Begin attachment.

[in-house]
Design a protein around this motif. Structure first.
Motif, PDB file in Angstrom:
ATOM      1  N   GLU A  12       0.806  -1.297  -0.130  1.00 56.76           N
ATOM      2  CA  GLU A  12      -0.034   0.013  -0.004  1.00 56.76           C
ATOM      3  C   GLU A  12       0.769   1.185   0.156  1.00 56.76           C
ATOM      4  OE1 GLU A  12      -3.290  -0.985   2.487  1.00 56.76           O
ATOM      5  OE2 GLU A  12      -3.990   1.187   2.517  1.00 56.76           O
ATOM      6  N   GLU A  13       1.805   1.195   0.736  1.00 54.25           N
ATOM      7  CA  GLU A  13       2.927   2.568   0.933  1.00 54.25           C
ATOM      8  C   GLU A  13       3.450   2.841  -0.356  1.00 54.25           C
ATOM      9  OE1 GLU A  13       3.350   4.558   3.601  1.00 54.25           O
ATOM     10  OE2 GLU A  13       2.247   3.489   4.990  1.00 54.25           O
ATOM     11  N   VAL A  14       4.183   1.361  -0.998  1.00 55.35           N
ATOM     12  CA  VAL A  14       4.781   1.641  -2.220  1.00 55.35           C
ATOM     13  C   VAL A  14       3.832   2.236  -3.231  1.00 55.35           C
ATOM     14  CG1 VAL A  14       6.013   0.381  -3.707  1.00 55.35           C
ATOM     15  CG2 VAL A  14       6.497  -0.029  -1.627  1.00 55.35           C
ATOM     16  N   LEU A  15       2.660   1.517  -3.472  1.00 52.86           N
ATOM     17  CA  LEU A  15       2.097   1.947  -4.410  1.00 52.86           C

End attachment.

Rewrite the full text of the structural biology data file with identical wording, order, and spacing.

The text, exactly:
[in-house]
Design a protein around this motif. Structure first.
Motif, PDB file in Angstrom:
ATOM      1  N   GLU A  12       0.806  -1.297  -0.130  1.00 56.76           N
ATOM      2  CA  GLU A  12      -0.034   0.013  -0.004  1.00 56.76           C
ATOM      3  C   GLU A  12       0.769   1.185   0.156  1.00 56.76           C
ATOM      4  OE1 GLU A  12      -3.290  -0.985   2.487  1.00 56.76           O
ATOM      5  OE2 GLU A  12      -3.990   1.187   2.517  1.00 56.76           O
ATOM      6  N   GLU A  13       1.805   1.195   0.736  1.00 54.25           N
ATOM      7  CA  GLU A  13       2.927   2.568   0.933  1.00 54.25           C
ATOM      8  C   GLU A  13       3.450   2.841  -0.356  1.00 54.25           C
ATOM      9  OE1 GLU A  13       3.350   4.558   3.601  1.00 54.25           O
ATOM     10  OE2 GLU A  13       2.247   3.489   4.990  1.00 54.25           O
ATOM     11  N   VAL A  14       4.183   1.361  -0.998  1.00 55.35           N
ATOM     12  CA  VAL A  14       4.781   1.641  -2.220  1.00 55.35           C
ATOM     13  C   VAL A  14       3.832   2.236  -3.231  1.00 55.35           C
ATOM     14  CG1 VAL A  14       6.013   0.381  -3.707  1.00 55.35           C
ATOM     15  CG2 VAL A  14       6.497  -0.029  -1.627  1.00 55.35           C
ATOM     16  N   LEU A  15       2.660   1.517  -3.472  1.00 52.86           N
ATOM     17  CA  LEU A  15       2.097   1.947  -4.410  1.00 52.86           C